drawing from humble springs

“Mechanically we have gained, in the last generation, but spiritually we have, I think, unwittingly lost. In other times, women had in their lives more forces which centered them whether or not they realized it; sources which nourished them whether or not they consciously went to these springs. Their very seclusion in the home gave them time alone. Many of their duties were conducive to a quiet contemplative drawing together of the self. They had more creative tasks to perform. Nothing feeds the center so much as creative work, even humble kinds like cooking and sewing. Baking bread, weaving cloth, putting up preserves, teaching and singing to children, must have been far more nourishing than being the family chauffeur or shopping at super-markets, or doing housework with mechanical aids. The art and craft of housework has diminished; much of the time-consuming drudgery—despite modern advertising to the contrary—remains. In housework, as in the rest of life, the curtain of mechanization has come down between the mind and the hand….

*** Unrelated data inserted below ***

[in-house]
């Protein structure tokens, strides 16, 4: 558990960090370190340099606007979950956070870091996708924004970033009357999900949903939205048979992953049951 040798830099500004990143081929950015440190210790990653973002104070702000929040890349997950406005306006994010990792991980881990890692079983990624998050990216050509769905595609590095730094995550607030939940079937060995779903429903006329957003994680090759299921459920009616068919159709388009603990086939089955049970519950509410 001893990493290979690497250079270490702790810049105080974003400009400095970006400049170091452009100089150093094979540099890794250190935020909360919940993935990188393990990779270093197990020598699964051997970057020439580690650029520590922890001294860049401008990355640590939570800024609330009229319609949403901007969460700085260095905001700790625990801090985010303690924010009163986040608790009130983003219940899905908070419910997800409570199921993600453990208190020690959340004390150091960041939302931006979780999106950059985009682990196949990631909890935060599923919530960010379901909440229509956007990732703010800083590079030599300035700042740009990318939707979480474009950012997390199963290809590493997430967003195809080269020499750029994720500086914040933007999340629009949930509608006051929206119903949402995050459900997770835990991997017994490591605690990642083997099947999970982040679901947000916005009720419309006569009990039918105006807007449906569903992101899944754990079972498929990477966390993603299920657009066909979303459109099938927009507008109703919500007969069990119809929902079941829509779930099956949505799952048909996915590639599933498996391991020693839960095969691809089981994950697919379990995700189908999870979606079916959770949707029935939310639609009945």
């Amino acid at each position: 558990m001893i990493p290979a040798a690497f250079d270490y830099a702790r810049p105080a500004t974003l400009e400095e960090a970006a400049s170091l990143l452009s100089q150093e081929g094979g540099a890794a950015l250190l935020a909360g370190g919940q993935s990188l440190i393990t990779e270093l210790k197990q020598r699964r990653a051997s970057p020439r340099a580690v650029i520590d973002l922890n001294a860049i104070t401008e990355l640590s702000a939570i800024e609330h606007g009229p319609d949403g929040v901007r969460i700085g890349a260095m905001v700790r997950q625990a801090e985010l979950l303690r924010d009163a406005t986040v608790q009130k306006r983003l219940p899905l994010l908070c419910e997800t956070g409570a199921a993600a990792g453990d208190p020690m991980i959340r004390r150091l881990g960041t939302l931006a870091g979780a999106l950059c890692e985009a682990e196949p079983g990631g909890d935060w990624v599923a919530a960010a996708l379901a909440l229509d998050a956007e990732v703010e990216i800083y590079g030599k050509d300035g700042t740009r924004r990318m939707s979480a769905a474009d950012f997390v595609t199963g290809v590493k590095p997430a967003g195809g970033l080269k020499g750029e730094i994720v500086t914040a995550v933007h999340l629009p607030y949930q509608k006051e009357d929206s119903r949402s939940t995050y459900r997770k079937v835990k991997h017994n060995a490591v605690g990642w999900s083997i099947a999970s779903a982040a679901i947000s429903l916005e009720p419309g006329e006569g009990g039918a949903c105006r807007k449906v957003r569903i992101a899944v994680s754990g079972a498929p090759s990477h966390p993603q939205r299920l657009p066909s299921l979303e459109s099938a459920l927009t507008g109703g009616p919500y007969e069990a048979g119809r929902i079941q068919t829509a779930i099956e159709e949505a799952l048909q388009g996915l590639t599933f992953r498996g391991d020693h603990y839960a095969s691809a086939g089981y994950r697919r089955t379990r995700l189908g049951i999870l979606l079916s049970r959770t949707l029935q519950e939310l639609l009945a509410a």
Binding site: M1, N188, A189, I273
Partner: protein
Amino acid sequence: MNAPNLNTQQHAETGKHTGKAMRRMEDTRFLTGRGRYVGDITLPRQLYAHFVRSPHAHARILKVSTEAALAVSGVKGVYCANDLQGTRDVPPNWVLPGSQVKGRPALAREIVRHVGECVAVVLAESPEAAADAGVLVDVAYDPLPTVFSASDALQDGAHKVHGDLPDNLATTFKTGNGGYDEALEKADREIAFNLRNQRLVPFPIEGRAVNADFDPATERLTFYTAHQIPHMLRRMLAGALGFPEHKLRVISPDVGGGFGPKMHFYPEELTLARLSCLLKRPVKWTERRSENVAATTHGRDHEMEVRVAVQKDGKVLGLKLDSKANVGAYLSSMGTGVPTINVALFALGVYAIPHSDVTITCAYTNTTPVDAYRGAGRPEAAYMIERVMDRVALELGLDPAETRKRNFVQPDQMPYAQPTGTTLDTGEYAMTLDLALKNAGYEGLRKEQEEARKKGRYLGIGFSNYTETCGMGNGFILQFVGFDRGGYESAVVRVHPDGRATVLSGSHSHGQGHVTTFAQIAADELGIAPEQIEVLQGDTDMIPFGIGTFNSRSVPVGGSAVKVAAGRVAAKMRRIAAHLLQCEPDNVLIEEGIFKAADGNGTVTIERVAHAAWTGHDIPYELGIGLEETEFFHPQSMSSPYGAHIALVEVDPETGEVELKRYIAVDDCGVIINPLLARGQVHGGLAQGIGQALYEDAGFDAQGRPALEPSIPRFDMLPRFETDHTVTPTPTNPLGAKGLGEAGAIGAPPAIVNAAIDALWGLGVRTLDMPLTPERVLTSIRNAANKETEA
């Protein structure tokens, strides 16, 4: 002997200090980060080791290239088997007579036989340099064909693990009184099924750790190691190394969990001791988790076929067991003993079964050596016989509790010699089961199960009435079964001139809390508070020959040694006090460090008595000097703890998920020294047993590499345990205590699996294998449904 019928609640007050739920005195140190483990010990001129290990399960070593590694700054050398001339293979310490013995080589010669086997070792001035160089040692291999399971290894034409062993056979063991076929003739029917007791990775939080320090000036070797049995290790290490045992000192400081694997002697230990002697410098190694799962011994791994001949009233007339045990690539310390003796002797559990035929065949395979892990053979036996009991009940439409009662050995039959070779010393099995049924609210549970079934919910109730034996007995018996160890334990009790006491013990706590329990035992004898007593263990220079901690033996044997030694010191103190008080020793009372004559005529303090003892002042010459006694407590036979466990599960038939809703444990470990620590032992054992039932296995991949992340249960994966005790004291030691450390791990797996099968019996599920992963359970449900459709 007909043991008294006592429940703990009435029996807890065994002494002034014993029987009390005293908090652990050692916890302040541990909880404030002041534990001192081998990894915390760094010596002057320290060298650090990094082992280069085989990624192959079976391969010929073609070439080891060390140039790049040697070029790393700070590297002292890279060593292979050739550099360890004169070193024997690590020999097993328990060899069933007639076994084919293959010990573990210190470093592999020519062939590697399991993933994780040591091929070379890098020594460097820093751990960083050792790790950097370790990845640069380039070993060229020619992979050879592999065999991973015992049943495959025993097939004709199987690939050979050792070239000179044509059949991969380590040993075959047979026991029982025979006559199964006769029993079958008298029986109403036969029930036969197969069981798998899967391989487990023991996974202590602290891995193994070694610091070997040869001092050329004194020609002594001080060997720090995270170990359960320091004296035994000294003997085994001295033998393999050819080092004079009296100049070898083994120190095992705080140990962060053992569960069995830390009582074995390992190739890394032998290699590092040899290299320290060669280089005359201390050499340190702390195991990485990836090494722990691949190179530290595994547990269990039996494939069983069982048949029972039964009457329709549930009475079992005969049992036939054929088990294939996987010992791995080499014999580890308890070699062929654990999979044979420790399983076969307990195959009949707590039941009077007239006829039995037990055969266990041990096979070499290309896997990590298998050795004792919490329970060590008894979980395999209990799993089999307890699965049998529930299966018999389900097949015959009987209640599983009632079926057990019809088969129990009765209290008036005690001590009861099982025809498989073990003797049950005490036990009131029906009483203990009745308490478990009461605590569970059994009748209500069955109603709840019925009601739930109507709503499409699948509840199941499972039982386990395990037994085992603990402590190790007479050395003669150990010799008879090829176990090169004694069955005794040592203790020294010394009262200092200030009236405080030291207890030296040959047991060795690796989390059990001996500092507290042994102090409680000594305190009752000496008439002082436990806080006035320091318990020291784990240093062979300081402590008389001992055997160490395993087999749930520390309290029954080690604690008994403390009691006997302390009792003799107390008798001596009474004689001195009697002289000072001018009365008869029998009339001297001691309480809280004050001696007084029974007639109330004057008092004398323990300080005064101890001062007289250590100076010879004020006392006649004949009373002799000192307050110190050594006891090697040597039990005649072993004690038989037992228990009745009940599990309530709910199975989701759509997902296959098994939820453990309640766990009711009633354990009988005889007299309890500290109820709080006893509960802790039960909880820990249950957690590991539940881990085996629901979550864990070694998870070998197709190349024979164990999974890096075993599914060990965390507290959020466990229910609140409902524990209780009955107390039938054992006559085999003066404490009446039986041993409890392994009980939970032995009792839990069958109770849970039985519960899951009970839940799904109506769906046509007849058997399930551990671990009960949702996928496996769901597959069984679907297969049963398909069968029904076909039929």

“….The answer is not in going back, in putting woman in the home and giving her the broom and the needle again. A number of mechanical aids save us time and energy. But neither is the answer in dissipating our time and energy in more purposeless occupations, more accumulations which supposedly simply life but actually burden it, more possessions which we have not time to use or appreciate, more diversions to fill up the void.”

~from Gift from the Sea, by Anne Morrow Lindbergh (pub. 1955)

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